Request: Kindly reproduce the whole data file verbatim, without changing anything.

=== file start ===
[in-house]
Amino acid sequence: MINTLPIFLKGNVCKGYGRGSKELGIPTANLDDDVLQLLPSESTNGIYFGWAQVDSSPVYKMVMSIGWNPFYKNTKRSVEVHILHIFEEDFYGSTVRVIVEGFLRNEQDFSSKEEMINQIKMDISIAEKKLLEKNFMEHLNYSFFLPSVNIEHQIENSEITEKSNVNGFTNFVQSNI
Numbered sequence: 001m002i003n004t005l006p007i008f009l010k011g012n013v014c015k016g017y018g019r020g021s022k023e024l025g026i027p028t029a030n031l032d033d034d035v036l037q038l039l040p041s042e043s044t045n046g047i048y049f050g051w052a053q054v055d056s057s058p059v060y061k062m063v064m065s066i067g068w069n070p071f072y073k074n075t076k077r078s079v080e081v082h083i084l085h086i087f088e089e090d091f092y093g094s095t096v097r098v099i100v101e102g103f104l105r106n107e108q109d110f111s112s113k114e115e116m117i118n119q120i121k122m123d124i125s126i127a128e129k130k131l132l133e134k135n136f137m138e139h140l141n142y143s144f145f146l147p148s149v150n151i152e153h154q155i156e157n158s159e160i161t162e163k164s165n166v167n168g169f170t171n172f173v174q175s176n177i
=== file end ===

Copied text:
[in-house]
Amino acid sequence: MINTLPIFLKGNVCKGYGRGSKELGIPTANLDDDVLQLLPSESTNGIYFGWAQVDSSPVYKMVMSIGWNPFYKNTKRSVEVHILHIFEEDFYGSTVRVIVEGFLRNEQDFSSKEEMINQIKMDISIAEKKLLEKNFMEHLNYSFFLPSVNIEHQIENSEITEKSNVNGFTNFVQSNI
Numbered sequence: 001m002i003n004t005l006p007i008f009l010k011g012n013v014c015k016g017y018g019r020g021s022k023e024l025g026i027p028t029a030n031l032d033d034d035v036l037q038l039l040p041s042e043s044t045n046g047i048y049f050g051w052a053q054v055d056s057s058p059v060y061k062m063v064m065s066i067g068w069n070p071f072y073k074n075t076k077r078s079v080e081v082h083i084l085h086i087f088e089e090d091f092y093g094s095t096v097r098v099i100v101e102g103f104l105r106n107e108q109d110f111s112s113k114e115e116m117i118n119q120i121k122m123d124i125s126i127a128e129k130k131l132l133e134k135n136f137m138e139h140l141n142y143s144f145f146l147p148s149v150n151i152e153h154q155i156e157n158s159e160i161t162e163k164s165n166v167n168g169f170t171n172f173v174q175s176n177i